West Nile Virus detected in Stratham, Sandown and Pelham, which has raised concern among NH residents.
As reports come in regards to mosquito-borne illness activity going on all around us, Southern New Hampshire residents are getting more anxious. The newest positive test results for West Nile Virus indicate the virus has been detected in two mosquito pools in Stratham, N.H., making it at least the third community in the state this summer where the virus has surfaced. This new location comes to us after the virus was also identifed last week in nearby Sandown, mosquito samples taken from a testing pool have tested positive for West Nile Virus. According to a report in the Eagle Tribune, the timing for this discovery couldn’t have gotten much worse. The positive test results that indicate the presence of WNV in the Sandown community came on the eve of the annual summer event “Old Home Days“, which has become a tradition in Sandown and the surrounding communities. With the festivities in town and with a lot of people being outside this past weekend. Officials said they would rather be safe than sorry and began emergency spraying for mosquitoes throughout the town prior to the event. Town officials said parts of the town are typically sprayed for mosquitoes, but the spraying is happening earlier in the year than usual, which seems to be the case all over the area as other positive test results continue to grow. Last year Sandown was the first town in the state to test positive for West Nile Virus.
In addition to utilizing a mosquito control and protection program at home, avoid areas where mosquitoes are prevalent.
The positive WNV results come in just a short time after two mosquito pools in Pelham also tested positive for the virus. Officials are quick to point out that mosquito season in New Hampshire reaches peak level around Labor Day. Mosquito activity in NH generally offers no relief until mid-October, and in keeping with years past sometimes mosquitoes will continue to be a source of concern until the arrival of the season’s first snow. With this in mind, it is important to remain vigilant in exercising safe mosquito practices at home and abroad.
In our region, human infections of mosquito-borne illnesses such as West Nile Virus and Eastern Equine Encephalitis make top news during the summer months. As of yet, there have been no reports of Eastern Equine Encephalits for this season.
It can sometimes be hard to initially identify the presence of the disease because some cases are asymptomatic, which means the individual infected may show no symptoms of being ill. Being infected with West Nile Virus can also take those infected down two very different paths, one being the development of West Nile Fever and the other turning into West Nile Disease.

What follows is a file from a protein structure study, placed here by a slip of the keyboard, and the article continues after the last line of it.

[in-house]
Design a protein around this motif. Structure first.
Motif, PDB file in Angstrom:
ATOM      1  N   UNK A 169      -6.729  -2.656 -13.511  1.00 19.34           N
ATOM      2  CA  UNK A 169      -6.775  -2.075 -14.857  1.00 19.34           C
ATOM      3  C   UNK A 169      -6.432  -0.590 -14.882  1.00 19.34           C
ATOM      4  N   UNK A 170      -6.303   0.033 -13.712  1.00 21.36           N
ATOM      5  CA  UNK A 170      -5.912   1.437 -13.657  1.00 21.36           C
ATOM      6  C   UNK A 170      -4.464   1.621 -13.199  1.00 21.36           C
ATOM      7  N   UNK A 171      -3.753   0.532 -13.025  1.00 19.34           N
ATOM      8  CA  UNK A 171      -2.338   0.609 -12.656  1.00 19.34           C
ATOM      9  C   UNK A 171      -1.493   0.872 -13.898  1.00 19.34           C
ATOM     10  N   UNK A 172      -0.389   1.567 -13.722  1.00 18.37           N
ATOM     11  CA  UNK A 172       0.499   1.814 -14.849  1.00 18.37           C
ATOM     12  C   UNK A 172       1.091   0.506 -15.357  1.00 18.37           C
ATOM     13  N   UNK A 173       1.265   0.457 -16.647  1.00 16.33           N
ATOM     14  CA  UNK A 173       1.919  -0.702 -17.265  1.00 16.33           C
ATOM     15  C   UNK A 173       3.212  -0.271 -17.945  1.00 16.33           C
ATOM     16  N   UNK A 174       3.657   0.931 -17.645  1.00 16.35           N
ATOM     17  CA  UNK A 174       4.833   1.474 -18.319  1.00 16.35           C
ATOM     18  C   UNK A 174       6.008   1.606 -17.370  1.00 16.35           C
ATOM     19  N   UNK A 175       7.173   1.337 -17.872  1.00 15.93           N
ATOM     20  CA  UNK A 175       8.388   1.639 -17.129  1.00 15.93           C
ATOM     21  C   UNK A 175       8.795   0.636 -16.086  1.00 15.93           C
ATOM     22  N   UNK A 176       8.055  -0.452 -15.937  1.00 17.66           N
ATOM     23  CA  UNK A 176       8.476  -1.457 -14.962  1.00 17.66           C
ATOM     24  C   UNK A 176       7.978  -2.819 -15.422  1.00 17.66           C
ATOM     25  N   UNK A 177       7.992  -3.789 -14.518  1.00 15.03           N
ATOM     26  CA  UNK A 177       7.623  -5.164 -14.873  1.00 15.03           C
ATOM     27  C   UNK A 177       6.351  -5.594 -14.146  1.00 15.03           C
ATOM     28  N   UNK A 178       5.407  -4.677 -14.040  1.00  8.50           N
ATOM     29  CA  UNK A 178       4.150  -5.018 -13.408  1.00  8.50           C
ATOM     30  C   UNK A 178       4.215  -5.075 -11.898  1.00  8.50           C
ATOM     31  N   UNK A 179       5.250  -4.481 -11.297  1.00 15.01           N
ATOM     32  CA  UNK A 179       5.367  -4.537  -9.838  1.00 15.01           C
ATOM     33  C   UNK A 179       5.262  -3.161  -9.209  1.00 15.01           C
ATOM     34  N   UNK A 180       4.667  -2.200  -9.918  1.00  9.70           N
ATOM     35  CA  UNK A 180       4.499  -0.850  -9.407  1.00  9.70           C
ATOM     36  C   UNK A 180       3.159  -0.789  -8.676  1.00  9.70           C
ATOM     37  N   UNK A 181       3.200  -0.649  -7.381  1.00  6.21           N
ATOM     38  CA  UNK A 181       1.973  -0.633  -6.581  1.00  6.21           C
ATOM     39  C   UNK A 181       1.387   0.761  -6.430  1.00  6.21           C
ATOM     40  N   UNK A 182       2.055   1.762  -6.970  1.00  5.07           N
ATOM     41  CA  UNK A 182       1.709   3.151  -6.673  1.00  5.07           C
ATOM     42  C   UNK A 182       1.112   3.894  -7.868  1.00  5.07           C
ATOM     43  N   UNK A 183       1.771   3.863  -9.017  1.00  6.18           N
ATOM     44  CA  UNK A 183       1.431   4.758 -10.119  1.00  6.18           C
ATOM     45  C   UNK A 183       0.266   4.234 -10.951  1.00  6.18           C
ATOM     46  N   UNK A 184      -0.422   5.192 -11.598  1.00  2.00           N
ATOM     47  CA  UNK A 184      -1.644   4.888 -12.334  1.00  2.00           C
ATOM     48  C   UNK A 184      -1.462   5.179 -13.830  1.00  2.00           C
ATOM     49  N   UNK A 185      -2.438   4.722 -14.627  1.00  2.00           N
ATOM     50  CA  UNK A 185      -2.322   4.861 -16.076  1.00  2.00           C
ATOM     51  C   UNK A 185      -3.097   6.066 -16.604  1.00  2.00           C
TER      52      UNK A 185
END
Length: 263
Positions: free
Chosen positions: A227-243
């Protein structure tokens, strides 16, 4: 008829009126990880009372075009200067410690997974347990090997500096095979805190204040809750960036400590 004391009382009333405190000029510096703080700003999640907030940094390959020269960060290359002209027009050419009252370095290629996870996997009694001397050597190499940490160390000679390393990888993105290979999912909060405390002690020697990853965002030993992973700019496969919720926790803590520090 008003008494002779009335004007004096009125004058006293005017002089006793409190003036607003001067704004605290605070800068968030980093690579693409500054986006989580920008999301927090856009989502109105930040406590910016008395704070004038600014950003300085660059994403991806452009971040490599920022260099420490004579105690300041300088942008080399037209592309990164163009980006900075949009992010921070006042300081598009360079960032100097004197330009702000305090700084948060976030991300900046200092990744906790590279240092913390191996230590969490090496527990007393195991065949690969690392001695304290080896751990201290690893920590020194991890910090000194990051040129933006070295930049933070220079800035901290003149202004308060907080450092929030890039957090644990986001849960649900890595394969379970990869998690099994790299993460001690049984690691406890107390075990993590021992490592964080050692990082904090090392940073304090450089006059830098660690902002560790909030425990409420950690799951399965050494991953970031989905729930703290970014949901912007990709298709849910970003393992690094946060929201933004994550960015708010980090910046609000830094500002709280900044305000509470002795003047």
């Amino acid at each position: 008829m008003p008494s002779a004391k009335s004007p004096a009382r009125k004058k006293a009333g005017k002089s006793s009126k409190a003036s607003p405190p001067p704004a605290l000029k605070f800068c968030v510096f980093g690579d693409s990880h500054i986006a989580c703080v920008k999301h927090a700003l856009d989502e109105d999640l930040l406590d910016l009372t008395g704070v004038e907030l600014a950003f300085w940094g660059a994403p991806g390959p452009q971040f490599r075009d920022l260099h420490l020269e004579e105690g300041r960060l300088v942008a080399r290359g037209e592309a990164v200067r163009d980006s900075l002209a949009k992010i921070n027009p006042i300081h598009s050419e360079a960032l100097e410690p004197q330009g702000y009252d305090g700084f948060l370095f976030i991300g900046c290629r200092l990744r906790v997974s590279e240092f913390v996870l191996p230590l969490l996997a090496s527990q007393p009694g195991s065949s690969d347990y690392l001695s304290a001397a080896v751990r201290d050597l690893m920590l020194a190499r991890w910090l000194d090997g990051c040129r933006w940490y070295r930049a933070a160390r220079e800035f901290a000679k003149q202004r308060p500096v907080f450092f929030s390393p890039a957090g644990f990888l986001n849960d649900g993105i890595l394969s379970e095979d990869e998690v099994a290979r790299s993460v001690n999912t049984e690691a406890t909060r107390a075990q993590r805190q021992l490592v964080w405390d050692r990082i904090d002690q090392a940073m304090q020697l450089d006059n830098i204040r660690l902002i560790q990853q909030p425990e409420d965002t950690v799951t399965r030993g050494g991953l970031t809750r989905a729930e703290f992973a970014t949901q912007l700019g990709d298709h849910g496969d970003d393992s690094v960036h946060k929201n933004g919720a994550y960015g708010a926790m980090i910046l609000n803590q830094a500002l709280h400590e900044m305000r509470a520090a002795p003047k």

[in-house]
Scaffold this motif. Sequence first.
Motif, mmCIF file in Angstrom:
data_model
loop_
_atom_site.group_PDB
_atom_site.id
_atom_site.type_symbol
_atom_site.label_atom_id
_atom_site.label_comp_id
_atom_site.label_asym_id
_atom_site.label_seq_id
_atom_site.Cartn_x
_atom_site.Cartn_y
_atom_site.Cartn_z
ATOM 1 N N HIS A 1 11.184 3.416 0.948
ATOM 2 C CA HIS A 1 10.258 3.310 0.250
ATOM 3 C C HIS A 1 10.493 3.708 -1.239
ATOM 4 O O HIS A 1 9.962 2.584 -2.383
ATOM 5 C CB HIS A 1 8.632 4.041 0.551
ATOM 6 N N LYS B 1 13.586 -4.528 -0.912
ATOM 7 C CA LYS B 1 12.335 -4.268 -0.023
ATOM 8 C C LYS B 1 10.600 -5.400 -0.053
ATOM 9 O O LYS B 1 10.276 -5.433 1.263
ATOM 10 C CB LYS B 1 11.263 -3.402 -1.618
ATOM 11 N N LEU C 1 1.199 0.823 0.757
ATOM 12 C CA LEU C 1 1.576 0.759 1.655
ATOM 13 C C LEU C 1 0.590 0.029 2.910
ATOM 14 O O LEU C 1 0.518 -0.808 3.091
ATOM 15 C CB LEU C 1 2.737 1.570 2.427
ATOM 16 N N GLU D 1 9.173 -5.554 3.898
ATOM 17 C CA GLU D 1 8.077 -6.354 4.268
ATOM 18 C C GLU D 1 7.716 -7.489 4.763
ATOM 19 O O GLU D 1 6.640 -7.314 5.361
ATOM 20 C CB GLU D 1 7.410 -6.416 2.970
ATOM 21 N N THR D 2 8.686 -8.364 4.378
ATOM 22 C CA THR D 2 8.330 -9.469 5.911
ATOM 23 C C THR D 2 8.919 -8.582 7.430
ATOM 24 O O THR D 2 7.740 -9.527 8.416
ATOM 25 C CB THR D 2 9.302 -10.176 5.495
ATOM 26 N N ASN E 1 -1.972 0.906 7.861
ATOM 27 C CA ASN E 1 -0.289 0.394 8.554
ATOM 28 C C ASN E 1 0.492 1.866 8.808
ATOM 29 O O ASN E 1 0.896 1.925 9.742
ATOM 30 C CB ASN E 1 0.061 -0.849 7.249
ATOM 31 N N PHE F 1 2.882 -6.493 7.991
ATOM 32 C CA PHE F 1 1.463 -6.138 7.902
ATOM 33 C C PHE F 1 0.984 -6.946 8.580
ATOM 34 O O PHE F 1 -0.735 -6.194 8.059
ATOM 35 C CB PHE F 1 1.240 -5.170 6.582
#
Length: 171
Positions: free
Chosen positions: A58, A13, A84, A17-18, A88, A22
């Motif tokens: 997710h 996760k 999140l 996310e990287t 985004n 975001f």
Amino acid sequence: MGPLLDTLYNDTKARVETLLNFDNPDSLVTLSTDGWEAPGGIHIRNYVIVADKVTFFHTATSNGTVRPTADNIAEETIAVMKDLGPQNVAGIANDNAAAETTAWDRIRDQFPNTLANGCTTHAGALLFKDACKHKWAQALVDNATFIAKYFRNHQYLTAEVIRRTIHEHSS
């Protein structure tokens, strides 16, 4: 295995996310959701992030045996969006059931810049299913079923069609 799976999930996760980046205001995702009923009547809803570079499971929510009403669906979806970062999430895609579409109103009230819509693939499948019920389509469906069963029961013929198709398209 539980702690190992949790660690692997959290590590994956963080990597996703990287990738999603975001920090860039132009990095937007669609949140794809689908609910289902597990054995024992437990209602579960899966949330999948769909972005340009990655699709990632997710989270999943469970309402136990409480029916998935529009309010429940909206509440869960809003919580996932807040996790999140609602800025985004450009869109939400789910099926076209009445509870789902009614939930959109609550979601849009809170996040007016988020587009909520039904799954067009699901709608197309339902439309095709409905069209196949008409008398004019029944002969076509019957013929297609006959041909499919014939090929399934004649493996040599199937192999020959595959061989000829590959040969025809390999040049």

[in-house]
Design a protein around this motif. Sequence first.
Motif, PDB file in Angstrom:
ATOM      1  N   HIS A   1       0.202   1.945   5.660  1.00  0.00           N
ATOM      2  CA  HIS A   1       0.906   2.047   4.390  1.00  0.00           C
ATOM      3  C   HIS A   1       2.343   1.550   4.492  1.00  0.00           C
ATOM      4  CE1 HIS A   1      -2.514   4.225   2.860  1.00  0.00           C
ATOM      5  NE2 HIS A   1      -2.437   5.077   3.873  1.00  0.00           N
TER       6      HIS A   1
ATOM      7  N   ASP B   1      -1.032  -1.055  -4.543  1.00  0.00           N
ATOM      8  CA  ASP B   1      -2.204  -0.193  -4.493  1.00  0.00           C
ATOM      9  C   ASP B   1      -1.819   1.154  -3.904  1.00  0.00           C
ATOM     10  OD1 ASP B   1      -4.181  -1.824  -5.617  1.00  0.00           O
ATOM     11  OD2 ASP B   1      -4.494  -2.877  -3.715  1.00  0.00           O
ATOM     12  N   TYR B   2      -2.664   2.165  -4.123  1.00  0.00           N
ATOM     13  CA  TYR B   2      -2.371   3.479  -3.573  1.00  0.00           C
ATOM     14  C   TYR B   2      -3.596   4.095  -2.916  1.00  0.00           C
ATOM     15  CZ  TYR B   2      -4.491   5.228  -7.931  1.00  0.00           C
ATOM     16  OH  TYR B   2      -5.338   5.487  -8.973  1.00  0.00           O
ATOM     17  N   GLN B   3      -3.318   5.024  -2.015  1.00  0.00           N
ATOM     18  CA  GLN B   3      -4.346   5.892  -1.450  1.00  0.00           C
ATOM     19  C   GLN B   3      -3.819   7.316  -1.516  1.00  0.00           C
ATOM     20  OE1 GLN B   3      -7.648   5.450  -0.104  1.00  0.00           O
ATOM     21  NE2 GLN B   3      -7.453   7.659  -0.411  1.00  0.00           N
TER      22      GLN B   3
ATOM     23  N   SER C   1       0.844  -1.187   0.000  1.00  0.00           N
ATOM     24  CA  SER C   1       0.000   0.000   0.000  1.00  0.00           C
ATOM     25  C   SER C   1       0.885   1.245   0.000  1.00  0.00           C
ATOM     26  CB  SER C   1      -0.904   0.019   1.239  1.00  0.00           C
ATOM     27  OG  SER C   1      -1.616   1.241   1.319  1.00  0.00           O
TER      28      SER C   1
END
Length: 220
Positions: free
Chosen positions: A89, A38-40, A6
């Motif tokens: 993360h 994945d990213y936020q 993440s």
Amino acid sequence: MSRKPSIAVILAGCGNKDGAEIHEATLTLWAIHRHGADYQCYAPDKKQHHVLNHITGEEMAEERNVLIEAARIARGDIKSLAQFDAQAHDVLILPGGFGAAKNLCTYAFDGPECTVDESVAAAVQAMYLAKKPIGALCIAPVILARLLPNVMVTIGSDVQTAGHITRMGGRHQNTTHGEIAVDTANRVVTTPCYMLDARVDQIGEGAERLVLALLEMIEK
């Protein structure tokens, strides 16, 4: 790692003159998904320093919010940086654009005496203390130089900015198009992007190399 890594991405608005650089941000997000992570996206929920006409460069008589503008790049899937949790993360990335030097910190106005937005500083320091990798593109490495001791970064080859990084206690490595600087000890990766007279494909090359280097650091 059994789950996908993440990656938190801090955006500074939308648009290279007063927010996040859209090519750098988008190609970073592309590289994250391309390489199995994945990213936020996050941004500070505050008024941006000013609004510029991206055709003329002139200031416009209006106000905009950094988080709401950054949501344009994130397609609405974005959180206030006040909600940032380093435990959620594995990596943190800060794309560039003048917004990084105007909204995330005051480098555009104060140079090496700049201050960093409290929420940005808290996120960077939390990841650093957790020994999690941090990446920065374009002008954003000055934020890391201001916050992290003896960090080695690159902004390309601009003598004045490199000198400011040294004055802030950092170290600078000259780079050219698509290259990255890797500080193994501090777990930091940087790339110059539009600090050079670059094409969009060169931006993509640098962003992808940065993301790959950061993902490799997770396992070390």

The day biting Asian tiger mosquito is a known vector of West Nile Virus.
According to the Centers for Disease Control and Prevention (CDC), It is estimated that about 20% of people who become infected with WNV will develop West Nile fever. Symptoms include fever, headache, tiredness, and body aches, occasionally with a skin rash (on the trunk of the body) and swollen lymph glands. While the illness can be as short as a few days, even healthy people have reported being sick for several weeks. The symptoms of severe disease (also called neuroinvasive disease, such as West Nile encephalitis or meningitis or West Nile poliomyelitis) include headache, high fever, neck stiffness, stupor, disorientation, coma, tremors, convulsions, muscle weakness, and paralysis. It is estimated that approximately 1 in 150 persons infected with the West Nile virus will develop a more severe form of disease. Serious illness can occur in people of any age; however people over age 50 and some immunocompromised persons (for example, transplant patients) are at the highest risk for getting severely ill when infected with WNV. Most people (about 4 out of 5) who are infected with West Nile virus will not develop any type of illness (an asymptomatic infection); however you cannot know ahead of time if you’ll get sick or not when infected.
Keep your family safe from the risk of mosquito-borne illness this season!
During this most crucial time of the season, when the potential to contract a mosquito-borne illness is at its peak, it’s important for NH residents to reduce the risk of coming into contact with a mosquito altogether. The truth is you never know which mosquitoes could be carrying West Nile, and which are not. The best prevention against all mosquito related illnesses is to exercise efficient mosquito control and prevention practices. Mosquito Squad of Southern New Hampshire can eliminate and prevent the resurgence of mosquitoes on your property all season long with our barrier spray program. Our safe and effective barrier spray will eliminate what mosquitoes are present and prevent resurgence for 21 days. Getting started is easy and worry free. Our rotation program ensures mosquito control all summer long and you won’t have to play guessing games about mosquitoes any longer!
The team at Mosquito Squad of SoNH
Contact Mosquito Squad of Southern New Hampshire to learn more about and our highly effective barrier spray program. Live mosquito free or die. Call now for a free quote • (603) 373 – 8863 • email: firstname.lastname@example.org and start living the